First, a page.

and choreographed fictions.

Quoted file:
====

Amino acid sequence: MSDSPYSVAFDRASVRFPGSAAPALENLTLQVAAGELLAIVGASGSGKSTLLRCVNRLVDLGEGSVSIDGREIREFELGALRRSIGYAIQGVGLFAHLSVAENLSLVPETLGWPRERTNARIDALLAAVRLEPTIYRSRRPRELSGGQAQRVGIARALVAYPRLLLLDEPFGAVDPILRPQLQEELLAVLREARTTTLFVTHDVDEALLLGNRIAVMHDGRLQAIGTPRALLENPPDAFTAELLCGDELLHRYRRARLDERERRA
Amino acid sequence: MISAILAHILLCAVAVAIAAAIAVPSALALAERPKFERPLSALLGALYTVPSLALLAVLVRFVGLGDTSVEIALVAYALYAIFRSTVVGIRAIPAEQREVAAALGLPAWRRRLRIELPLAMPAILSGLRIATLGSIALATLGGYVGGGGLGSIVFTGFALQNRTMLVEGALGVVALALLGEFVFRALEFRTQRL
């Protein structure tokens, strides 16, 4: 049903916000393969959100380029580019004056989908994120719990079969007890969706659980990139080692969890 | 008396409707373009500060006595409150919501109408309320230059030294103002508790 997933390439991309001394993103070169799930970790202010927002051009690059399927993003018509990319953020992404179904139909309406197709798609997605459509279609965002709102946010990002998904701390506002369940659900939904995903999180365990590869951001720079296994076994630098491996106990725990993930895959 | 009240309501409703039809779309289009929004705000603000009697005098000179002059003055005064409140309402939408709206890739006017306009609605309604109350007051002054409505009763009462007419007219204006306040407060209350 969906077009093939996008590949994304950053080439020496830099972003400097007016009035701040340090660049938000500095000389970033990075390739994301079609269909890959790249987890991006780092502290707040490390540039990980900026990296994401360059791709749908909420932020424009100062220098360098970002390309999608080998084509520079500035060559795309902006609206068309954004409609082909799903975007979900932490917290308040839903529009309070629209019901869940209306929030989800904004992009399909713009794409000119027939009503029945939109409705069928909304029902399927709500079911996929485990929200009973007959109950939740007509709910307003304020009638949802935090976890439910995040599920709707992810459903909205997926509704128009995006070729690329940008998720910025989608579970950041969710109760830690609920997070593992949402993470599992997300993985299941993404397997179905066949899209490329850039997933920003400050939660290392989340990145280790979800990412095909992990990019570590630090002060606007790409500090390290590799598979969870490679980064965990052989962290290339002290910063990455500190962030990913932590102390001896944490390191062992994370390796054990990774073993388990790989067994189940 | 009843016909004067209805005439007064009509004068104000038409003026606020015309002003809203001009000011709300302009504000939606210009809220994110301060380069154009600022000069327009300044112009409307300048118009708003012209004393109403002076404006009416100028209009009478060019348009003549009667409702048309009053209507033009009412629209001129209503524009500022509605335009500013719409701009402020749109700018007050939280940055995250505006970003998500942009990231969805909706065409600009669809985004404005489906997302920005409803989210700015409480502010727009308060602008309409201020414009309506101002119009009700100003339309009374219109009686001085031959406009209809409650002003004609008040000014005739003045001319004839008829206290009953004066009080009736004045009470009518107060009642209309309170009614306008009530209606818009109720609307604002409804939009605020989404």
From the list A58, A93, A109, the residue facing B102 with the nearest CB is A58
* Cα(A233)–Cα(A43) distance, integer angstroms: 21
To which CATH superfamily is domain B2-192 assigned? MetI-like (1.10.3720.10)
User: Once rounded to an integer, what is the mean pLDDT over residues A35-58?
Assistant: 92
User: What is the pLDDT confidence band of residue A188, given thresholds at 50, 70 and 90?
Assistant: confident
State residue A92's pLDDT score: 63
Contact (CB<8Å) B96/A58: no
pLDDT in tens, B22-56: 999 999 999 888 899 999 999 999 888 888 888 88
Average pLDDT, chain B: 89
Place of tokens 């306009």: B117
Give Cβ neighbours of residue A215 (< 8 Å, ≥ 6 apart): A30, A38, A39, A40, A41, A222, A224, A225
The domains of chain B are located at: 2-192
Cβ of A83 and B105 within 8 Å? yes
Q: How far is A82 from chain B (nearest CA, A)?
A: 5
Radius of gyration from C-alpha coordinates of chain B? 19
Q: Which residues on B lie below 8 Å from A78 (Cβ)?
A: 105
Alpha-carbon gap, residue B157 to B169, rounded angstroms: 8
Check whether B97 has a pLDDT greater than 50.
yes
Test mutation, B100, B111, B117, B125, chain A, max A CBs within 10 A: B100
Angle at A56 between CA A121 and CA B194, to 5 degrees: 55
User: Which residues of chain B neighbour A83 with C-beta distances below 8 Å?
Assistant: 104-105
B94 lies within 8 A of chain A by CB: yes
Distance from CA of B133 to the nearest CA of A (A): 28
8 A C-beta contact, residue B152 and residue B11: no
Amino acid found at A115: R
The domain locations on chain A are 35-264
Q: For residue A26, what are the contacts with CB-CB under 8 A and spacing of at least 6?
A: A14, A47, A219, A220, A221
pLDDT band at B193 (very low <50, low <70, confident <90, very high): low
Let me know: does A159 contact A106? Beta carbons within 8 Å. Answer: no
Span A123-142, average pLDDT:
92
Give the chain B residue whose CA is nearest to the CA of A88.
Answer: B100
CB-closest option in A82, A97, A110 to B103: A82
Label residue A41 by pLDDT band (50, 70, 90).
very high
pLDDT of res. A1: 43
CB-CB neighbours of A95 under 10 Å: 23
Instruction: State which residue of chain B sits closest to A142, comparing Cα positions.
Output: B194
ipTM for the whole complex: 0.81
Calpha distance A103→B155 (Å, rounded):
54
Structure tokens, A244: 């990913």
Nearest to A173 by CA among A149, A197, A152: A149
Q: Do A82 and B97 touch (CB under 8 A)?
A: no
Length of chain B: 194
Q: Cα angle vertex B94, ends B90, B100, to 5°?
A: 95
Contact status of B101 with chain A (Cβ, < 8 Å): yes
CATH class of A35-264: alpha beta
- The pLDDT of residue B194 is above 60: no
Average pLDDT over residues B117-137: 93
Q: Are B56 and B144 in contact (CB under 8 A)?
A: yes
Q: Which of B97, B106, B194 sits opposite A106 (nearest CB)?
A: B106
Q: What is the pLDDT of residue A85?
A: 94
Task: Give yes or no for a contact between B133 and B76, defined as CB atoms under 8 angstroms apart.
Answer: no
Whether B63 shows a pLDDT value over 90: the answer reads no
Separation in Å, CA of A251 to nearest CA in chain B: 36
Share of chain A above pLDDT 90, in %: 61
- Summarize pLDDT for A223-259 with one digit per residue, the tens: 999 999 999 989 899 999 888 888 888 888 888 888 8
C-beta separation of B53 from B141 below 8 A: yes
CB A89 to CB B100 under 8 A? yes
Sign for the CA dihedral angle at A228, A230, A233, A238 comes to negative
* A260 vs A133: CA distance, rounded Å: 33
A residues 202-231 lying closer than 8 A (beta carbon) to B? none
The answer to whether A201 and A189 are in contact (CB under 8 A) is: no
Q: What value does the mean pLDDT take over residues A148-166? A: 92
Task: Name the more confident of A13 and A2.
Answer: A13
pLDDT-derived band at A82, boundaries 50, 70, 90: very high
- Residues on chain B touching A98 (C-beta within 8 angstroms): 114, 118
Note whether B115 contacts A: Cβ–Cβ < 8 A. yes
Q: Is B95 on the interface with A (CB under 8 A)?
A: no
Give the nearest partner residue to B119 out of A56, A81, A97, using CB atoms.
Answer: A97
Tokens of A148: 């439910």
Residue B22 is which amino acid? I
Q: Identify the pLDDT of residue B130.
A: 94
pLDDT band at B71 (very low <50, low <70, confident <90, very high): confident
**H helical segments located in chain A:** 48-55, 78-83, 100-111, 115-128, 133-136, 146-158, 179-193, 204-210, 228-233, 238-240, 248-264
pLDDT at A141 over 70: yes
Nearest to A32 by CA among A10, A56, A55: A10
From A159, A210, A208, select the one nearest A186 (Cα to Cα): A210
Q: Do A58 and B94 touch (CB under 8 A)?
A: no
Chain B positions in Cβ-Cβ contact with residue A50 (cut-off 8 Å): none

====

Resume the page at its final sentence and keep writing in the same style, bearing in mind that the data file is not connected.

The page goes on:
Sometimes we sense a hint of disappointment in the voice of a critic asking the question ‘why do you try to make the construction so close to the collages of your projects?’. As if the collage was some sort of rudimentary sketch, a simplistic first take that reality had to transcend. As if the work of an architect was split between two worlds (the paper one, and the brick-and-mortar one), and that one had to go through a fastidious customs process (perhaps a quarantine even) to be allowed to transit between the two. We tend to see things in a much more continuous or nestled manner. Buildings and drawings exist in the same sensible world, a world made of both fictions and matter. From the early 1960s, Kazuo Shinohara developed an architecture of houses based on what he called ‘fictionality’ – insisting on the fact that these projects existed for society via a curated translation: that of photography and of the publications. He famously stated that ‘architecture is 50% construction and 50% photography’. But perhaps is it also valuable to read this sentence in a slightly different manner, not as a description of the architect’s activity, but meaning that the architectural object is both assembled matter, and an image-making device proposing a distance to the already-known. Understood in such manner, all processes that precede the built object (collages, drawings, etc.) are architecture already, a choreography of fictions within the texture of the sensible world – present, fragile, intelligible, fleeting.